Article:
Hear also a Prebendary of St. Paul's Cathedral pressing the same doctrine:— "Shall the Gospel be preached by men paid by the State? Shall these men be taken from the lower orders and be meanly paid? Shall they be men of learning and education? Shall there be some magnificent endowments to allure such men into the Church? which of these methods is the best for diffusing the rational doctrines of Christianity? not in the age of the Apostles; not in the abstract, timeless, nameless place-land of the philosophers; but in the year 1837, in the porter-brewing, cotton-spinning, tallow-melting kingdom of Great Britain; bursting with opulence, and flying from poverty as the greatest of human evils. Many different answers may be given to these questions, but they are questions which do not end in mammon, but have a powerful bearing on real religion, and deserve the deepest consideration from its disciples and friends. Let the comforts of the clergy go for nothing. Consider their state only as religion is affected by it. If upon this principle I am forced to allot to some, an opulence which some writers would pronounce to be unapostolical, I cannot help it; I must take this people with all their follies and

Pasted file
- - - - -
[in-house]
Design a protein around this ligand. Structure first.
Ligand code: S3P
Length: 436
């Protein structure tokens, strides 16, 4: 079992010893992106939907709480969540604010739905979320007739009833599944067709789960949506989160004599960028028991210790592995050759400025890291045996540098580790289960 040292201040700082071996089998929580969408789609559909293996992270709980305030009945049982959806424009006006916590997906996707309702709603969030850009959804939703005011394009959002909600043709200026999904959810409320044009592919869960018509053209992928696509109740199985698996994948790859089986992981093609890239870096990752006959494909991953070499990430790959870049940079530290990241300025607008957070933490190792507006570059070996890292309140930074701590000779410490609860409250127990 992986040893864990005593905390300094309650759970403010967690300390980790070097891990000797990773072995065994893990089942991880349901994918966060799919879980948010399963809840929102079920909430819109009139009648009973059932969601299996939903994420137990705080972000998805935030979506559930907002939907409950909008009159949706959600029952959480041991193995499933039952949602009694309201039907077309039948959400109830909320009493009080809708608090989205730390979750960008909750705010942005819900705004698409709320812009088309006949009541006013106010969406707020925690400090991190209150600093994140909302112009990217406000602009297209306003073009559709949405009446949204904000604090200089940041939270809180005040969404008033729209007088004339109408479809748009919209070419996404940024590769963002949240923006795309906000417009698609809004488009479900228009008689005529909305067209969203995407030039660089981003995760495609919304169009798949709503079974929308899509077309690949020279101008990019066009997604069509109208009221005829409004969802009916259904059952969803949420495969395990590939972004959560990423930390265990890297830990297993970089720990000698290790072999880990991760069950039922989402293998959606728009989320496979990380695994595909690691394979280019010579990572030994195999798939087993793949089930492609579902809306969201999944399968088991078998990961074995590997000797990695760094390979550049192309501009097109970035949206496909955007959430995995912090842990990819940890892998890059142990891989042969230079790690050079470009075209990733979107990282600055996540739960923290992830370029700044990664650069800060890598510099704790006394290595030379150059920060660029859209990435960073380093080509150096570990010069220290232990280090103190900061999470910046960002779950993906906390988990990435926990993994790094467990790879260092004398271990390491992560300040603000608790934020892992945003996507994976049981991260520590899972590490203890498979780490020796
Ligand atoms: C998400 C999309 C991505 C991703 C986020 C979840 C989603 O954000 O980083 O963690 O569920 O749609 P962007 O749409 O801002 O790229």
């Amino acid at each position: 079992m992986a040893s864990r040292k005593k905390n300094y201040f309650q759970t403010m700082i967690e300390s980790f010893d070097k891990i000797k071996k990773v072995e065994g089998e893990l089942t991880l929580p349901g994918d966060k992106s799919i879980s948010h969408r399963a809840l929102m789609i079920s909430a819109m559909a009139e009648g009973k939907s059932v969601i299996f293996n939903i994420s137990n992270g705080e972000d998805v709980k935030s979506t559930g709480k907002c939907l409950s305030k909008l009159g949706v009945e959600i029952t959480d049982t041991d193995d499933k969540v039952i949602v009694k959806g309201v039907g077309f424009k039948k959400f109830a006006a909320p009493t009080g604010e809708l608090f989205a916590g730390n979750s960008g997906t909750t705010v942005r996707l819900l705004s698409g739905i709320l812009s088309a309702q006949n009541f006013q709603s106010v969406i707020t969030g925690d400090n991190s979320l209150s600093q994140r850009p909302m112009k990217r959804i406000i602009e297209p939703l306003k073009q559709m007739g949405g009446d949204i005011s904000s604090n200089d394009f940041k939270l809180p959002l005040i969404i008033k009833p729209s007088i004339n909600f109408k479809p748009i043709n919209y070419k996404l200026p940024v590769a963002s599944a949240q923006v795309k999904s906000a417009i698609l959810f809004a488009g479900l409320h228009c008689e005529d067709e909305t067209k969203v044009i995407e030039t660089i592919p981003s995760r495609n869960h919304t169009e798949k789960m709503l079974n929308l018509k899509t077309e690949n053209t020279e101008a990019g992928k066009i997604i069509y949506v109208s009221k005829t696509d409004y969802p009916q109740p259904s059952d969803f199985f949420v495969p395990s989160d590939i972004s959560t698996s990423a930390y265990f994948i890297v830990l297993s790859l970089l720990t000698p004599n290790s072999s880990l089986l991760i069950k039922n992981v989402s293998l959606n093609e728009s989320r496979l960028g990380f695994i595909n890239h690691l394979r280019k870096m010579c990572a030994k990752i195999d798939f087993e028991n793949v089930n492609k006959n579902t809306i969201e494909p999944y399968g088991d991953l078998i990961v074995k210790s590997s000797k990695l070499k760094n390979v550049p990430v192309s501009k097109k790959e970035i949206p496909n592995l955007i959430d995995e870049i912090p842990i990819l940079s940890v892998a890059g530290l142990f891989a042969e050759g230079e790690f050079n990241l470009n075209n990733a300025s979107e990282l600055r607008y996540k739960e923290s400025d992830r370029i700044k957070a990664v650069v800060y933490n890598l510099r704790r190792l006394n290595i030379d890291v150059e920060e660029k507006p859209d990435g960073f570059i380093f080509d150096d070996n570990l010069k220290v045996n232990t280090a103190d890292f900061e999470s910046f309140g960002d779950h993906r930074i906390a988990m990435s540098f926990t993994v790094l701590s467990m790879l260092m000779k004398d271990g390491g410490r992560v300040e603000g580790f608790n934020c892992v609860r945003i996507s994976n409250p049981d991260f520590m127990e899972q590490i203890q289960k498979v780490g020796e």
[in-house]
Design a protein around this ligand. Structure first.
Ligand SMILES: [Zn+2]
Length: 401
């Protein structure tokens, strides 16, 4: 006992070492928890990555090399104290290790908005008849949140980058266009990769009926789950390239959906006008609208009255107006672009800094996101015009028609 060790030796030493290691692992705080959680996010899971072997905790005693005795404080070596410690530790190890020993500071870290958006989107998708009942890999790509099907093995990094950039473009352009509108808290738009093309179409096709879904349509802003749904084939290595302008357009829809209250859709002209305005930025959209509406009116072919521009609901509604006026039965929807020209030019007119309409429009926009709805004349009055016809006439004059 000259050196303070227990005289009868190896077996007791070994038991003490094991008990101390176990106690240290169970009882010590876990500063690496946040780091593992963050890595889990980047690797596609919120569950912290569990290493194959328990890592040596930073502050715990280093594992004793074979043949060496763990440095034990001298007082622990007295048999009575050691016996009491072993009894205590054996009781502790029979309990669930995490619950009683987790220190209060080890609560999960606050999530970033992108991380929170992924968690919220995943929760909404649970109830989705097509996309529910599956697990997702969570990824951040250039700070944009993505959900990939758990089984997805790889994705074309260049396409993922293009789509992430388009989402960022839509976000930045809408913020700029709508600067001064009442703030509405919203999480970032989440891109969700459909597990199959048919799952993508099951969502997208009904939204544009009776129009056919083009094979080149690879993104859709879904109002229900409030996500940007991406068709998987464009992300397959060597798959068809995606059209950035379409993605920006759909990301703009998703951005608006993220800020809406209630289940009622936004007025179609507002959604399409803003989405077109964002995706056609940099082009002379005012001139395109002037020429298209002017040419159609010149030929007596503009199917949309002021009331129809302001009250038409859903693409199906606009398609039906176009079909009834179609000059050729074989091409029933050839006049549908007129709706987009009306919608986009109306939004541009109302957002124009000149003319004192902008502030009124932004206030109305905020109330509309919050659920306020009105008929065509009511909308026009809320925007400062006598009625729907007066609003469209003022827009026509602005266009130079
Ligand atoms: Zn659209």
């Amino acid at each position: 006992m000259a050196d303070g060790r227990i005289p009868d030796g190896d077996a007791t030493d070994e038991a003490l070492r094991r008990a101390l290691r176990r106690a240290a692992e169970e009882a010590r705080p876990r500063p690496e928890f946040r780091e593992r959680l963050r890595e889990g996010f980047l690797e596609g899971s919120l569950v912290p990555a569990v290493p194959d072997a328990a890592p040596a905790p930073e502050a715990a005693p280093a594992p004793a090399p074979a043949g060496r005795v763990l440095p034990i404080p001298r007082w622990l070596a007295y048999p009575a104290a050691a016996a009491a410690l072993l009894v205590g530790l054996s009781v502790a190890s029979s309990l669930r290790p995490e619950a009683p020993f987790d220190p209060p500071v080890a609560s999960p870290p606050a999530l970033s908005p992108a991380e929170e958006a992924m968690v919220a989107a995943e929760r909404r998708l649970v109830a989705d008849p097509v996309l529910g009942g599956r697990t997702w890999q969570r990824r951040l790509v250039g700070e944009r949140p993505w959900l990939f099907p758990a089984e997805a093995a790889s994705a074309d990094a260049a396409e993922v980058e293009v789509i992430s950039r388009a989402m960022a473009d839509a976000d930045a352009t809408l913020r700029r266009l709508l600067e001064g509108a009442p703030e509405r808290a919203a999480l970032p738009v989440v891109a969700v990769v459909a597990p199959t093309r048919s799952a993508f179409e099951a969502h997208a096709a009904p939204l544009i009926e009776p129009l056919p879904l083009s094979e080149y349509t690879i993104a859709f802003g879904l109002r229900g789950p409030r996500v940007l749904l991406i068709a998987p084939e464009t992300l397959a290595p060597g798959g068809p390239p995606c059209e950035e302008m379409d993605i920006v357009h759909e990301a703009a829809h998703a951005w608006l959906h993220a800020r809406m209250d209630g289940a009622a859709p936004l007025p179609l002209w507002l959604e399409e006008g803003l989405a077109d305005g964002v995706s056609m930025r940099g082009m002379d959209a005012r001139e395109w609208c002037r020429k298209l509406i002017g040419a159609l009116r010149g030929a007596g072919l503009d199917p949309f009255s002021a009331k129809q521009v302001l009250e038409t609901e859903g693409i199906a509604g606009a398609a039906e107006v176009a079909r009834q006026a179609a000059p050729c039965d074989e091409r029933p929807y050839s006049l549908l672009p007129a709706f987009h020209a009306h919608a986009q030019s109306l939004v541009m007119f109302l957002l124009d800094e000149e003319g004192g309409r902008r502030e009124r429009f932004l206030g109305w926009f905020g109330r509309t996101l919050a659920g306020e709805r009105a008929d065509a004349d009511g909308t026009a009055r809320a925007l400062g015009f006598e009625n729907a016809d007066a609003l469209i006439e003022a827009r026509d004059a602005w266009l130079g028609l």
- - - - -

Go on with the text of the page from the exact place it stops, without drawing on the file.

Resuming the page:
* As the whole passage is a curiosity, we give the original

"Divitiæ enim, opes, dignitas, eapropter potissimum Christianis sacerdotibus sunt expetenda, ut earum ope munera nobis imposita plenius ac perfectius exequamur... Nobis quod potest vis et injuria et sceleratorum hominum furor detrahere eripiat, auferat, dissipet. Quod viris Christianis adimi non potest, id manet et permanebit. Est enim nobis, Viri Spectatissimi, est perfugium, æterni Dei sempiterna misericordia: sunt semper præsto Divini Spiritûs solatia, est portus jam paratus, quo velis passis pervehi licet." "Concio ad Clerum Provinciæ Cantuarensis in Æde Paulini habita. 20 Feb. 1835. Ab Hugone Jacobo Rose, S.T.B. &c. Rivington, London.